Nebraska's first high school apprenticeship program could lead to good jobs
Rising to meet the challenge, Grand Island takes on its workforce problem that employers say holds them back from expanding.
At Dramco Tool, company owners say high tech, high wage jobs go unfilled, which limits their growth.
Dramco owner Justin Pfenning said, “It’s very difficult to hire tool and die makers, skilled labor, skilled machinists, it's what stunts our growth more than anything. Our customers want us to do more, but we need more workforce to be able to satisfy them.”
Now the company is the first in the state to create a Registered Apprenticeship Program, allowing 16 and 17 years old to work in the plant.
It’s Dan Phillips of Grand Island Public Schools has been working on.
He said, “All businesses had the mentality they couldn't employ students until they were 18, this proves that it is possible, this is an avenue where we can handle the educational side and the businesses can do on the job training.”
It builds on the success of the Career Pathways Institute (CPI), which is Grand Island's tech program for high school kids, that exposes students like Pernaath Rial to careers like manufacturing.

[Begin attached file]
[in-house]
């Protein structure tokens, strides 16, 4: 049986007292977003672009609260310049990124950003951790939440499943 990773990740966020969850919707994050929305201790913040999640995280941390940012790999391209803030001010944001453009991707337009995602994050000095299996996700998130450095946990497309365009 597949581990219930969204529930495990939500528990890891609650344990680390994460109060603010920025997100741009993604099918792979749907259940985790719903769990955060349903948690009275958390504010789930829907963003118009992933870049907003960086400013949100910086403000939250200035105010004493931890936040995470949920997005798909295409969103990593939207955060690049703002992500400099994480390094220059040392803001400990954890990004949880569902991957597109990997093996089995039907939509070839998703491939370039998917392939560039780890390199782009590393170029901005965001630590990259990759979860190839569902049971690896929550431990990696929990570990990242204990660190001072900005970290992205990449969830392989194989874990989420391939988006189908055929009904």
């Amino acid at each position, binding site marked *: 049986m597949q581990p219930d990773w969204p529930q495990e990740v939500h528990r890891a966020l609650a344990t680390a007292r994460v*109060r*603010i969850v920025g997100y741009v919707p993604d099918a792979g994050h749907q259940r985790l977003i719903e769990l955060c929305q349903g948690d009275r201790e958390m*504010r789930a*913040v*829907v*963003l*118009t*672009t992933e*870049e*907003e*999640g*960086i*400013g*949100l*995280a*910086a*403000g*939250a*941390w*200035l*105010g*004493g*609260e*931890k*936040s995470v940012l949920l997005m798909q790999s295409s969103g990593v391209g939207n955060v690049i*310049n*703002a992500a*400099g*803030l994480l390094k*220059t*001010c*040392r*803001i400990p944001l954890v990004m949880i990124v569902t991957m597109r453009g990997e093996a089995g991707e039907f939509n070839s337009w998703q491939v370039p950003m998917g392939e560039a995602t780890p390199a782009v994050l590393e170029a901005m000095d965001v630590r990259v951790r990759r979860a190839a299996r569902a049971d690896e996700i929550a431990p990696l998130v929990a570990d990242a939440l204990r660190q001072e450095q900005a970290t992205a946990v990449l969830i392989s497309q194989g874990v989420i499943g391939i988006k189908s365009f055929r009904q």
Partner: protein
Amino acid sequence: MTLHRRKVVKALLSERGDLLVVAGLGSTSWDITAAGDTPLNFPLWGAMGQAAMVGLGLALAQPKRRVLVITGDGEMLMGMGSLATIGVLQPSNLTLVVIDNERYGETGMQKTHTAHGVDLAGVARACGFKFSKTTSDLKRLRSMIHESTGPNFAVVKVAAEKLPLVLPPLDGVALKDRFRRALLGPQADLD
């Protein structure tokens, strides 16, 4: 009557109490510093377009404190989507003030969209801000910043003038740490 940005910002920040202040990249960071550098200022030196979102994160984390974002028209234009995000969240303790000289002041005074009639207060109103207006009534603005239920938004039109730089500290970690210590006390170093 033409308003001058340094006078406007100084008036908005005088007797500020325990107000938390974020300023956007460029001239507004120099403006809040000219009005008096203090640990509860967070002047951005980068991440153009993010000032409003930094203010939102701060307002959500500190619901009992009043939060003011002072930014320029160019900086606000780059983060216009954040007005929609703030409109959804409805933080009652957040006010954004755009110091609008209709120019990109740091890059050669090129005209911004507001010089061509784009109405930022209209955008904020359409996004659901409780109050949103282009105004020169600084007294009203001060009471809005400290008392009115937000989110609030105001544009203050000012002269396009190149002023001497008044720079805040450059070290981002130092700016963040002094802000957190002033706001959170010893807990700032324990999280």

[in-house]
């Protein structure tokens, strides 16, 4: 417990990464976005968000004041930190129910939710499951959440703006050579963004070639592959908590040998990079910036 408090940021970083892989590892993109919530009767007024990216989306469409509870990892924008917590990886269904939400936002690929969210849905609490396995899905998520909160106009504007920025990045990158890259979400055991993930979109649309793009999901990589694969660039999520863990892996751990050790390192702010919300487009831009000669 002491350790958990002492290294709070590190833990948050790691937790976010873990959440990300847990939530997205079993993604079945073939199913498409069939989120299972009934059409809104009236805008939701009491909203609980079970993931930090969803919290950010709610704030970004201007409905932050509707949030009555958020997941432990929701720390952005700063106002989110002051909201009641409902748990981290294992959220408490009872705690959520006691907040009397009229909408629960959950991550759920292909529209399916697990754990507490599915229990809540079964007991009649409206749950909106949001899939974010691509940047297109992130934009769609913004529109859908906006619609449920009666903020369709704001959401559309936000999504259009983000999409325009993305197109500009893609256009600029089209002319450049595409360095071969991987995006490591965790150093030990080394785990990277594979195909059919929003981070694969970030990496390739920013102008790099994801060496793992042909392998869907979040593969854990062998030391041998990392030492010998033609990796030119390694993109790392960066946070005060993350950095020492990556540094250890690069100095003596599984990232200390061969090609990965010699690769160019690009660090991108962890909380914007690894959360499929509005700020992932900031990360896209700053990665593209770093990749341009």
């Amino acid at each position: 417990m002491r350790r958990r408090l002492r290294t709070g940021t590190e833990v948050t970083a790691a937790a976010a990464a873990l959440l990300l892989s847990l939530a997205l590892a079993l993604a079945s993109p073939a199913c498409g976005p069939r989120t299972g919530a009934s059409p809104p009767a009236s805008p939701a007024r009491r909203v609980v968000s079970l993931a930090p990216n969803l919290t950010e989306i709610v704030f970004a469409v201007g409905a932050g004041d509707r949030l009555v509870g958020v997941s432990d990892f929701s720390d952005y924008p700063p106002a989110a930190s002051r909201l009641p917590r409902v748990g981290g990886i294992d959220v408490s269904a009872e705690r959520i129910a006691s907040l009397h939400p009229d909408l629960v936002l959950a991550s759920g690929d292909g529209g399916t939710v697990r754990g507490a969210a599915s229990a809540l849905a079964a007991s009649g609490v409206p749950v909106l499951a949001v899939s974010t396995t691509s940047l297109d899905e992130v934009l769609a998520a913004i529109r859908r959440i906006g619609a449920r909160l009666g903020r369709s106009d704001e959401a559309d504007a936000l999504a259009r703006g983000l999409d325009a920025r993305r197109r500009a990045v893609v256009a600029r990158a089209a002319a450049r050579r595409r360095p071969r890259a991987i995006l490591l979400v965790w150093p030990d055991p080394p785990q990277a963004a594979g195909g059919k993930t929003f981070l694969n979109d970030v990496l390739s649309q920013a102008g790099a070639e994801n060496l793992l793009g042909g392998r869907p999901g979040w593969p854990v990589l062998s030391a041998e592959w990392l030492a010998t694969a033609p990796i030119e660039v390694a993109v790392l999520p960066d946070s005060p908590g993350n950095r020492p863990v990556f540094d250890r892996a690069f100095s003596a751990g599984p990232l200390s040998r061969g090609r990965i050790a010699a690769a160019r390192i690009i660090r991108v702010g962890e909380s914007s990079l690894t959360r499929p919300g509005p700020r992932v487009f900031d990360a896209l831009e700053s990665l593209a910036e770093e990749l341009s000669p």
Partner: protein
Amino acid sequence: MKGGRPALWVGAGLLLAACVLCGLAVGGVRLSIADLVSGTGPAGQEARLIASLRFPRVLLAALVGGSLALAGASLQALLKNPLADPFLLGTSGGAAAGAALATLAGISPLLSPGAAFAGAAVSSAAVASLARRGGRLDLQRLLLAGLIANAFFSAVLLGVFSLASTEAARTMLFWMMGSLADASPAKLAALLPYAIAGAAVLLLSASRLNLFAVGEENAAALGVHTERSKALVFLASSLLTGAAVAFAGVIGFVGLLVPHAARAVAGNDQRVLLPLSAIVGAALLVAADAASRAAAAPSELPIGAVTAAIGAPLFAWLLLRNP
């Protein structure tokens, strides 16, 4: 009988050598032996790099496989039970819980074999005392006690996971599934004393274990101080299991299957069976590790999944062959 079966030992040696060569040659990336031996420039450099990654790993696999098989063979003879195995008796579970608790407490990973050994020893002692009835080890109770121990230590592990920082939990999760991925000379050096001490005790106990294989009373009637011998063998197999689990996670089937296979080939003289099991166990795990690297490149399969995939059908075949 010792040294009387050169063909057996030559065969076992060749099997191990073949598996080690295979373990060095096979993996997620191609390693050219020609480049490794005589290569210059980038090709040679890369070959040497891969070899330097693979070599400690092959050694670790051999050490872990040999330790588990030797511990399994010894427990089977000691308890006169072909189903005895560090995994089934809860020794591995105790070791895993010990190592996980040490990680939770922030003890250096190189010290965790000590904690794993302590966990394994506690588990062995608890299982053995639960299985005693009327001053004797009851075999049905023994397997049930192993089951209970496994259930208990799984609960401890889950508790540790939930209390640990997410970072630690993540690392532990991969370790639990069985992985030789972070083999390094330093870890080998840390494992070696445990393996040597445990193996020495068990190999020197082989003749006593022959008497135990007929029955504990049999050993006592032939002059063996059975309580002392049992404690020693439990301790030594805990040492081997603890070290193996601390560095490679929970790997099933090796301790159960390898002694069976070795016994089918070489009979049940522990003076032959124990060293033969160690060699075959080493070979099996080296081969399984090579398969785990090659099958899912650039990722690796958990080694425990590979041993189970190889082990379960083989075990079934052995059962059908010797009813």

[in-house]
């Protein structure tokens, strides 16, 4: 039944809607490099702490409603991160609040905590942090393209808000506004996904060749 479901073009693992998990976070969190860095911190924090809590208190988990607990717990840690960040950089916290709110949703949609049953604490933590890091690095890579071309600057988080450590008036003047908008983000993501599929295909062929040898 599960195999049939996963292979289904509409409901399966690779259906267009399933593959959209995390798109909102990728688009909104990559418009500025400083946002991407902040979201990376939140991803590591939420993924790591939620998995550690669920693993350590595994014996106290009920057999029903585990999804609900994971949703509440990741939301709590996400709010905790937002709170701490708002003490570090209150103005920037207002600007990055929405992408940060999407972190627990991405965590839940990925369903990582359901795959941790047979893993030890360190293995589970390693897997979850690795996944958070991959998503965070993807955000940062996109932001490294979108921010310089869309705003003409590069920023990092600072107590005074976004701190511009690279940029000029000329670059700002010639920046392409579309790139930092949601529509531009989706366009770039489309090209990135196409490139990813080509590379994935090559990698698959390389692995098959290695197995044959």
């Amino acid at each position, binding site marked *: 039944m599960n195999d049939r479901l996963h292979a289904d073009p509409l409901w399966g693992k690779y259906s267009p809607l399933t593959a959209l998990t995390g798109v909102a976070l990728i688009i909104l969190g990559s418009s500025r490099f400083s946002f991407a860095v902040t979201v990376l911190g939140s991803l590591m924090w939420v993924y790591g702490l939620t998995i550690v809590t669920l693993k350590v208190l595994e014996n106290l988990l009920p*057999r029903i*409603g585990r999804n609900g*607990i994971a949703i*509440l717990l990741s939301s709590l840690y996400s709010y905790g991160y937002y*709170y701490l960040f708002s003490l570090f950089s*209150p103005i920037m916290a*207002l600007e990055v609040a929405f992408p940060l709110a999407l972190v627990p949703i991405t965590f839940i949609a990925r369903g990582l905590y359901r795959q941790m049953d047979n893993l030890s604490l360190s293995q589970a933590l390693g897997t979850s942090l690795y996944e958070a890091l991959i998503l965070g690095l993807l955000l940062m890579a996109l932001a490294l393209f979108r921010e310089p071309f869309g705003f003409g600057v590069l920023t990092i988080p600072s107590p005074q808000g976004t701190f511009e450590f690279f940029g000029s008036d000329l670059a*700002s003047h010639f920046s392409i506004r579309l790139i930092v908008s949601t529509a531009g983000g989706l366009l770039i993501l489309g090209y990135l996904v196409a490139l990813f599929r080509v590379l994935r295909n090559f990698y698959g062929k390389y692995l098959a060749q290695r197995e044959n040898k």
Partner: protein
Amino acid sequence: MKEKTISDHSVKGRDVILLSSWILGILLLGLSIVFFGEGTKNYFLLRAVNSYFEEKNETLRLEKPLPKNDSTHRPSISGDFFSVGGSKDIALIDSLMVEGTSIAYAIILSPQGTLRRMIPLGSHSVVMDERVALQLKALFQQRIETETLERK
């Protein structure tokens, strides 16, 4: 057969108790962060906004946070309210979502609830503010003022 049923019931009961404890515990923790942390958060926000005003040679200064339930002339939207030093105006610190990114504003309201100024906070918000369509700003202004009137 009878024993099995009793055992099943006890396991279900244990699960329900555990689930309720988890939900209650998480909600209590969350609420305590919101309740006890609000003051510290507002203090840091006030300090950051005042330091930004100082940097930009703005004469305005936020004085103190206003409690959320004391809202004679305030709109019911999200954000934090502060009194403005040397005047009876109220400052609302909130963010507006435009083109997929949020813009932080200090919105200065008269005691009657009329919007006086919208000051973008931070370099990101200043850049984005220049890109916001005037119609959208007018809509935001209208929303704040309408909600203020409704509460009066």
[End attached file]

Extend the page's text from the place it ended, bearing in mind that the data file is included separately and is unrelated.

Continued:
“I could see myself doing this,” he said, as he toured Dramco.
And a paid apprenticeship could give him a huge boost.
“That would be pretty good for me, because right now I wouldn't be able to pay for a four-year college and I don't really need to go to a four-year college for the things I'm going to do when I'm older,” he said.
Justin Pfenning said Dramco has grown from two to 48 employees, and the Career Pathways Institute gave ten their start.
He said, “Our goal is to grow 2 or 3 employees per year and that's a feasible goal with our partnership with CPI.”
Manufacturing is the state’s second largest industry, said Lt. Governor Mike Foley as he celebrated the new apprenticeship program.
Superintendent Dr. Tawana Gover said, “It is great to have success stories we can go out and share with other people.”
This is the first of its kind in Nebraska, with Grand Island school leaders saying more will follow.
Dan Phillips said, “It’s groundbreaking in opening opportunities for students.”
He said students at CPI are junior and seniors, and as long as they are 16, they would be allowed to apply for the apprenticeship program.
Phillips said Dramco intends to bring a couple of students on for a paid internship in the summer, and those students would then work part-time during the school year, with the possibility of staying on as full time employees after graduation.